For example, the generally accepted best time of day to play online is usually late at night because that’s when people are the most tired and therefore make poor decisions. I once looked at how much money I made per hour broken down by hour of the day. Because I played a lot at night to take advantage of the poor play by others, I expected my highest hourly rate to be in the evenings and early morning. But the numbers told a different story: my hourly rate after 11pm was about break even. After countless hours of late night play, my overall profit would have been the same had I not played at all after 11pm.
Turns out that even though others were playing poorly during those hours, I was too, which negatated any advantage that I had.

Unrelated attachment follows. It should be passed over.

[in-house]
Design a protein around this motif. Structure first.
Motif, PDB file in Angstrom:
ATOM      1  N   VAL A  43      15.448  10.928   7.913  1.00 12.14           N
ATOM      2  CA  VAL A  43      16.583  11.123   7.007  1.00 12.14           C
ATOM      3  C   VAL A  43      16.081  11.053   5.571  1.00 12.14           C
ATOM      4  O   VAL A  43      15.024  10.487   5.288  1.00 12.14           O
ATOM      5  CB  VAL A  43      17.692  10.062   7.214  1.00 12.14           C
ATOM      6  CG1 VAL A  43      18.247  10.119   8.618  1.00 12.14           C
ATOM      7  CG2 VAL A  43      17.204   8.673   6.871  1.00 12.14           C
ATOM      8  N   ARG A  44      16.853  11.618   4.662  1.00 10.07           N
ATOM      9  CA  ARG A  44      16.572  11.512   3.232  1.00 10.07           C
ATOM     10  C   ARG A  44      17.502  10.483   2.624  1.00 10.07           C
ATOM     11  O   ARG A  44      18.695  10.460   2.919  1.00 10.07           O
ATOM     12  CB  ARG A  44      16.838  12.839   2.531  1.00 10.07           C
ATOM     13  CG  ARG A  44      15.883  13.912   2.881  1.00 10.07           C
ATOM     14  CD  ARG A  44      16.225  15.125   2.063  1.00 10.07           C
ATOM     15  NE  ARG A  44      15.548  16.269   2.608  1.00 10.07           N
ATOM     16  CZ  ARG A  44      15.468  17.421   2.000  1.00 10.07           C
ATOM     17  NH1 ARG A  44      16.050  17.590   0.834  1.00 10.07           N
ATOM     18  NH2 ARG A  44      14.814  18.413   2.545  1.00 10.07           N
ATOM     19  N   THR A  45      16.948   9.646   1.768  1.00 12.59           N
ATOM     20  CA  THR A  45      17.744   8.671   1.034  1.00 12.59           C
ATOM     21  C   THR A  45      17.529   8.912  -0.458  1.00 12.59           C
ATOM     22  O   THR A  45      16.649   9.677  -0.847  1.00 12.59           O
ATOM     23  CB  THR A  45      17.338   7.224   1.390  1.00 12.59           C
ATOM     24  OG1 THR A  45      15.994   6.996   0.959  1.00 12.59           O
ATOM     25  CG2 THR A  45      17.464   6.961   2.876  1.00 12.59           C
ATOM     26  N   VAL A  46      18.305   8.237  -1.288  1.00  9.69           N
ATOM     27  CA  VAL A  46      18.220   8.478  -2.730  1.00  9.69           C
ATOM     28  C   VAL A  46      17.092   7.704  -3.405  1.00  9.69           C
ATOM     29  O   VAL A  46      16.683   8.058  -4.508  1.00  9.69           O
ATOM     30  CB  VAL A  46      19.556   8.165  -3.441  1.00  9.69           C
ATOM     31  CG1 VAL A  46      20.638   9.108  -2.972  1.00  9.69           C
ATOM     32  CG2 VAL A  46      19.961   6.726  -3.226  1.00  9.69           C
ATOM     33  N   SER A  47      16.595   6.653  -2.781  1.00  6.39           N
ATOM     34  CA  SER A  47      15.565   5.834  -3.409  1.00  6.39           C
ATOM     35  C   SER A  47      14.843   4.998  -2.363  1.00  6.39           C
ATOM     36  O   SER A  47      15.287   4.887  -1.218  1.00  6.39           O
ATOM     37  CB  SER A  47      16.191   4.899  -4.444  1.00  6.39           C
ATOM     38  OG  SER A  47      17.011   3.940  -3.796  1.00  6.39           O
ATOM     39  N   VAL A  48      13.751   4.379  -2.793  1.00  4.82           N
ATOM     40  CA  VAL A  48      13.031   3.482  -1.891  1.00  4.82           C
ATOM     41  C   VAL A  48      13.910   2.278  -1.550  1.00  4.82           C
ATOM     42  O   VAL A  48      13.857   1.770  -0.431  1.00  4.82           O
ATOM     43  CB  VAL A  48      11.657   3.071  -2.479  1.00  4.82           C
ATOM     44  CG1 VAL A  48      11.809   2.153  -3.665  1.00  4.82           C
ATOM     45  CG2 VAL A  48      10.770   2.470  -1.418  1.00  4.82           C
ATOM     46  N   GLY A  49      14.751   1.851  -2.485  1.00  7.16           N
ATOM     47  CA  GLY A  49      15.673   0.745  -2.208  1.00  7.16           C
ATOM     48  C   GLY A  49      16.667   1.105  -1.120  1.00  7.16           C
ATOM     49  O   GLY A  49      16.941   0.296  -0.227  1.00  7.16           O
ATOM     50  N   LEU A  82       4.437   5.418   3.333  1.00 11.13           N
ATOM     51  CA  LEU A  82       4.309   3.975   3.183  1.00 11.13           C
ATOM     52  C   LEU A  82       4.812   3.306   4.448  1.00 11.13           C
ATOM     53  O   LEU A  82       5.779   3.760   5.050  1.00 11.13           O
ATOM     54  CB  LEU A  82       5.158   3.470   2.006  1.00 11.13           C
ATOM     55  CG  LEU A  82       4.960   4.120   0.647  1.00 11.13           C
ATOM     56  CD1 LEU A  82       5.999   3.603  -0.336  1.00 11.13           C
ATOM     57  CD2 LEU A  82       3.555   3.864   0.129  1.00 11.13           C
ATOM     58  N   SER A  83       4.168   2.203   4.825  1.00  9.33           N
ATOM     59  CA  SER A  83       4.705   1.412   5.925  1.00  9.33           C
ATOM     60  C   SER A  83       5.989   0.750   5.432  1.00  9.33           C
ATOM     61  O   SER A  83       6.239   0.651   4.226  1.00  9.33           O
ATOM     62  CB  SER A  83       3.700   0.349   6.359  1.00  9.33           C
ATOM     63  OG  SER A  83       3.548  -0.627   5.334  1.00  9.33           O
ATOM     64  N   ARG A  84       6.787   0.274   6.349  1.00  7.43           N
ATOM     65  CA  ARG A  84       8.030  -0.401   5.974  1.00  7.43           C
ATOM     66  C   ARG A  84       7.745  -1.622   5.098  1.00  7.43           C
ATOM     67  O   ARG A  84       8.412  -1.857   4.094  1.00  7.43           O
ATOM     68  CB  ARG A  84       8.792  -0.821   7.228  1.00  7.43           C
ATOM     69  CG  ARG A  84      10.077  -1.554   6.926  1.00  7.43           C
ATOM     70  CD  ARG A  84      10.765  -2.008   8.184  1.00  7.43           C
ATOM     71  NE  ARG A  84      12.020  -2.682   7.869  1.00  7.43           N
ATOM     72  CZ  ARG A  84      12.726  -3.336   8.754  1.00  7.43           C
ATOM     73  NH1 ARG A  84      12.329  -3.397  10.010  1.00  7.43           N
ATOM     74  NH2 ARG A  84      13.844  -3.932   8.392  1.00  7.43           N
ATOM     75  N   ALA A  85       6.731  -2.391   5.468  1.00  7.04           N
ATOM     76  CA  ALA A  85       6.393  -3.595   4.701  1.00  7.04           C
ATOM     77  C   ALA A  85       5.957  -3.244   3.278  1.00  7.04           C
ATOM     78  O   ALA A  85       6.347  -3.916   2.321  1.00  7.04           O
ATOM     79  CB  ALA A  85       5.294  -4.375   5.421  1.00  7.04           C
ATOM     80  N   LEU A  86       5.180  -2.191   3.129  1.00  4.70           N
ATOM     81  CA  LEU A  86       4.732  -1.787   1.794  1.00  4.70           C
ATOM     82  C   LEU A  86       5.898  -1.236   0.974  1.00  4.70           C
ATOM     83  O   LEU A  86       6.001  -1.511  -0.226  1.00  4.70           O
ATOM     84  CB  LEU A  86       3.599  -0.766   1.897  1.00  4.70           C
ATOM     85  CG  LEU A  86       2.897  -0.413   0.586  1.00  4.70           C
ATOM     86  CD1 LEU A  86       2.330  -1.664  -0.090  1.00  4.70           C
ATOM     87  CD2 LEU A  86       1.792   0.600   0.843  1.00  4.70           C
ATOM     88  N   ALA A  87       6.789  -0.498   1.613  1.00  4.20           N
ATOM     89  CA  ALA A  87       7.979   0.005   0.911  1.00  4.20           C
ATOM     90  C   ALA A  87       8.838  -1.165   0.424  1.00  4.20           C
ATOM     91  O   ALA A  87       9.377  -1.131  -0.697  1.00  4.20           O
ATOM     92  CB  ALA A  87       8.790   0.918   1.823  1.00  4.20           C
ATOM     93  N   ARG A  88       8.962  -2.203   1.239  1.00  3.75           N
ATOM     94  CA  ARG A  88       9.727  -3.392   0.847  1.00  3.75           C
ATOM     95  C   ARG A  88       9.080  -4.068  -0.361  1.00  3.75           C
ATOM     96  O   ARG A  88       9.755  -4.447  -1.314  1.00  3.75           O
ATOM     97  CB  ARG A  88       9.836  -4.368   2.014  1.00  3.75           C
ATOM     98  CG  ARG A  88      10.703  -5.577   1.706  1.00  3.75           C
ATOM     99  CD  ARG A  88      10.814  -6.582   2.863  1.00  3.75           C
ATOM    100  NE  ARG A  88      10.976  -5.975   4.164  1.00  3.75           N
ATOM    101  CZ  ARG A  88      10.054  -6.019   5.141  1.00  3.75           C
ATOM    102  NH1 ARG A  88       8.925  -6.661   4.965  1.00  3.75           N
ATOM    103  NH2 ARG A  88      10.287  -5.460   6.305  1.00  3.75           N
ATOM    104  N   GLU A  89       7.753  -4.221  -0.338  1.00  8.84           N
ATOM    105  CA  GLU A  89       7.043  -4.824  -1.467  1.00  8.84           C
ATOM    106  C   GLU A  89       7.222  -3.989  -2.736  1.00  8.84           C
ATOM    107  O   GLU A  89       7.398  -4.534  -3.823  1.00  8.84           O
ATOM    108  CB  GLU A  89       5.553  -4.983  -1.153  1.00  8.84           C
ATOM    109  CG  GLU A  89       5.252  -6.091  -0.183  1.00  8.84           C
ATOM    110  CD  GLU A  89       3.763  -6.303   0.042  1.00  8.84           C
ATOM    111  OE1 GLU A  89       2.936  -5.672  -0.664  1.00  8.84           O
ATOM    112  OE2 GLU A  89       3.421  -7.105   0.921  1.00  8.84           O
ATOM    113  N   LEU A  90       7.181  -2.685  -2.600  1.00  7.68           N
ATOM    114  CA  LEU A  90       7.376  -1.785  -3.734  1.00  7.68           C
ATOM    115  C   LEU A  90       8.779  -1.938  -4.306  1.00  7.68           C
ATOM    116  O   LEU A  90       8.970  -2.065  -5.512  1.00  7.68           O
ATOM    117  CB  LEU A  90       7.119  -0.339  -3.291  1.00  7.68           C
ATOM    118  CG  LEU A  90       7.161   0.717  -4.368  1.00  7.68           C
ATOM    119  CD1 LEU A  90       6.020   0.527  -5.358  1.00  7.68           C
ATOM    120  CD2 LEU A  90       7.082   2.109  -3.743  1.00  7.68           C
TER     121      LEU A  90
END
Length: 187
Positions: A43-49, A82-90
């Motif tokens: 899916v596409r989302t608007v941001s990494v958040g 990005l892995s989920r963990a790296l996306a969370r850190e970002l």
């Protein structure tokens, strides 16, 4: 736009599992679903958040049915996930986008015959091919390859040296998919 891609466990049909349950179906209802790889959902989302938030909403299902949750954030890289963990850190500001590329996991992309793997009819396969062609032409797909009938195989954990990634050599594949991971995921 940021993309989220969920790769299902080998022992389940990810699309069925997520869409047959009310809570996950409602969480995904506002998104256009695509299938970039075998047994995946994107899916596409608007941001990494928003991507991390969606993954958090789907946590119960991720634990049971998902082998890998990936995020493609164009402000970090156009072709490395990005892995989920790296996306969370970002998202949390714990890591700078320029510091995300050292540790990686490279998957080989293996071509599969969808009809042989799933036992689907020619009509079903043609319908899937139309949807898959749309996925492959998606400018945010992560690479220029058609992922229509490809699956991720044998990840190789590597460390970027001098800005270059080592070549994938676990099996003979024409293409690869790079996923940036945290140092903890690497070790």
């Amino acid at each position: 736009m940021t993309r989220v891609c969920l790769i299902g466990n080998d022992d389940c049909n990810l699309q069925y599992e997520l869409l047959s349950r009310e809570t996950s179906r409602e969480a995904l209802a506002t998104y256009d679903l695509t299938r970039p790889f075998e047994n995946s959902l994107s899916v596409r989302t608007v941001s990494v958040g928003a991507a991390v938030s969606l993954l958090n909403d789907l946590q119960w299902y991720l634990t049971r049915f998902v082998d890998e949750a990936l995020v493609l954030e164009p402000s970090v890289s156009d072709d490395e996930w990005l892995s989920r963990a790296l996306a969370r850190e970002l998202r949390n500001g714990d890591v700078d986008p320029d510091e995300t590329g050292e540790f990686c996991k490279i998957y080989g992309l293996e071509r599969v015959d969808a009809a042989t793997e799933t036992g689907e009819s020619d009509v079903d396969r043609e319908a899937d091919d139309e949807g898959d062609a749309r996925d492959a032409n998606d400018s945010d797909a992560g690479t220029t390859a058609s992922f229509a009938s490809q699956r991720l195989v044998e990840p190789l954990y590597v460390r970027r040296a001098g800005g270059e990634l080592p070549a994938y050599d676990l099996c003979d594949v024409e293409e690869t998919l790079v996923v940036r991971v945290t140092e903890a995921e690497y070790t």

The late night play also took its toll on my wellbeing during the day because I’d inevitably be tired from staying up late to play.
I bring this up because the experience taught me that working harder often isn’t the solution to a problem. It’s tempting to think that you can just put in more hours and you’ll achieve more results, but if the quality of your work suffers you might not make any meaningful progress or worse, you could undo the previous progress you made.
Next time you catch yourself trying to push through on a task even though you’re not feeling 100%, consider taking a break until you are.